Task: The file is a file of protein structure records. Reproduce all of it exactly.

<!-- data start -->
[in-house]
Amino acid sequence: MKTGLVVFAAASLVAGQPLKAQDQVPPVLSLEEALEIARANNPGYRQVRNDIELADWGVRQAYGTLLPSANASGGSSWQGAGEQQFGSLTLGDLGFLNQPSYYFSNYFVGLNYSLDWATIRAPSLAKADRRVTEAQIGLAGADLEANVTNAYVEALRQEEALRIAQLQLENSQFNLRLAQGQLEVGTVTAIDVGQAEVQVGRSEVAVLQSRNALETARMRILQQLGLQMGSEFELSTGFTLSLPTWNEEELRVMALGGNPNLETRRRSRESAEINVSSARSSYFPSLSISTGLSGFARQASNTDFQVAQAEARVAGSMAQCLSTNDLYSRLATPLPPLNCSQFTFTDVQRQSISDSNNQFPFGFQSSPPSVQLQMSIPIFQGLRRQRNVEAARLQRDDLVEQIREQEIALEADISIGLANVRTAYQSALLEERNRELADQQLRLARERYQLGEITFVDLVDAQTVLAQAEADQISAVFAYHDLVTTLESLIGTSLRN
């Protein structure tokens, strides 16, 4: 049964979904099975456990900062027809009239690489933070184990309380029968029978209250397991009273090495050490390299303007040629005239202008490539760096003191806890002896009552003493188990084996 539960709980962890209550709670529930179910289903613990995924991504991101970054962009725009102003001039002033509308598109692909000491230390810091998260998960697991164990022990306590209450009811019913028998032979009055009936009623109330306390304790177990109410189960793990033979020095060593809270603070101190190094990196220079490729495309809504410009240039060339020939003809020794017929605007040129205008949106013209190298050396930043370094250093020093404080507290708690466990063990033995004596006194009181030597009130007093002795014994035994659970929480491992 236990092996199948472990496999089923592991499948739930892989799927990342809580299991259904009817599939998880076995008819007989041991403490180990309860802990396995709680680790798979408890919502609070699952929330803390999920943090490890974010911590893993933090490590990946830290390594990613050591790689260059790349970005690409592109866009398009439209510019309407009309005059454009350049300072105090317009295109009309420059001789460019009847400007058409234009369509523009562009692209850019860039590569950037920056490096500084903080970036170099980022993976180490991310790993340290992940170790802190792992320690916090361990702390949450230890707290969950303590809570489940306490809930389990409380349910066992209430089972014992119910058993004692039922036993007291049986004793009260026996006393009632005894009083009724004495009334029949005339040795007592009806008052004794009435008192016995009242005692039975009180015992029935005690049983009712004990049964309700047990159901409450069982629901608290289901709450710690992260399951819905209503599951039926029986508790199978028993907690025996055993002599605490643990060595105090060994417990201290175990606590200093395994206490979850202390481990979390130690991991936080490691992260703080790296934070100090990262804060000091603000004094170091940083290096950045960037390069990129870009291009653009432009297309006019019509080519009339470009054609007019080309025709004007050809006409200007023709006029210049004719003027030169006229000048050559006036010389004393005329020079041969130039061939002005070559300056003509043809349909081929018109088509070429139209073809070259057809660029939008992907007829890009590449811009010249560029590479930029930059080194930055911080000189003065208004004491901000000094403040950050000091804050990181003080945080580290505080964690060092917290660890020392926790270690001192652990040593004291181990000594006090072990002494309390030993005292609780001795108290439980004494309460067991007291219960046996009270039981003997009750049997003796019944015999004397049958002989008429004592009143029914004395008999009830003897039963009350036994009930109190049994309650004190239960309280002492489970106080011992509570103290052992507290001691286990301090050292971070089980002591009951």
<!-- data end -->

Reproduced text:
[in-house]
Amino acid sequence: MKTGLVVFAAASLVAGQPLKAQDQVPPVLSLEEALEIARANNPGYRQVRNDIELADWGVRQAYGTLLPSANASGGSSWQGAGEQQFGSLTLGDLGFLNQPSYYFSNYFVGLNYSLDWATIRAPSLAKADRRVTEAQIGLAGADLEANVTNAYVEALRQEEALRIAQLQLENSQFNLRLAQGQLEVGTVTAIDVGQAEVQVGRSEVAVLQSRNALETARMRILQQLGLQMGSEFELSTGFTLSLPTWNEEELRVMALGGNPNLETRRRSRESAEINVSSARSSYFPSLSISTGLSGFARQASNTDFQVAQAEARVAGSMAQCLSTNDLYSRLATPLPPLNCSQFTFTDVQRQSISDSNNQFPFGFQSSPPSVQLQMSIPIFQGLRRQRNVEAARLQRDDLVEQIREQEIALEADISIGLANVRTAYQSALLEERNRELADQQLRLARERYQLGEITFVDLVDAQTVLAQAEADQISAVFAYHDLVTTLESLIGTSLRN
């Protein structure tokens, strides 16, 4: 049964979904099975456990900062027809009239690489933070184990309380029968029978209250397991009273090495050490390299303007040629005239202008490539760096003191806890002896009552003493188990084996 539960709980962890209550709670529930179910289903613990995924991504991101970054962009725009102003001039002033509308598109692909000491230390810091998260998960697991164990022990306590209450009811019913028998032979009055009936009623109330306390304790177990109410189960793990033979020095060593809270603070101190190094990196220079490729495309809504410009240039060339020939003809020794017929605007040129205008949106013209190298050396930043370094250093020093404080507290708690466990063990033995004596006194009181030597009130007093002795014994035994659970929480491992 236990092996199948472990496999089923592991499948739930892989799927990342809580299991259904009817599939998880076995008819007989041991403490180990309860802990396995709680680790798979408890919502609070699952929330803390999920943090490890974010911590893993933090490590990946830290390594990613050591790689260059790349970005690409592109866009398009439209510019309407009309005059454009350049300072105090317009295109009309420059001789460019009847400007058409234009369509523009562009692209850019860039590569950037920056490096500084903080970036170099980022993976180490991310790993340290992940170790802190792992320690916090361990702390949450230890707290969950303590809570489940306490809930389990409380349910066992209430089972014992119910058993004692039922036993007291049986004793009260026996006393009632005894009083009724004495009334029949005339040795007592009806008052004794009435008192016995009242005692039975009180015992029935005690049983009712004990049964309700047990159901409450069982629901608290289901709450710690992260399951819905209503599951039926029986508790199978028993907690025996055993002599605490643990060595105090060994417990201290175990606590200093395994206490979850202390481990979390130690991991936080490691992260703080790296934070100090990262804060000091603000004094170091940083290096950045960037390069990129870009291009653009432009297309006019019509080519009339470009054609007019080309025709004007050809006409200007023709006029210049004719003027030169006229000048050559006036010389004393005329020079041969130039061939002005070559300056003509043809349909081929018109088509070429139209073809070259057809660029939008992907007829890009590449811009010249560029590479930029930059080194930055911080000189003065208004004491901000000094403040950050000091804050990181003080945080580290505080964690060092917290660890020392926790270690001192652990040593004291181990000594006090072990002494309390030993005292609780001795108290439980004494309460067991007291219960046996009270039981003997009750049997003796019944015999004397049958002989008429004592009143029914004395008999009830003897039963009350036994009930109190049994309650004190239960309280002492489970106080011992509570103290052992507290001691286990301090050292971070089980002591009951």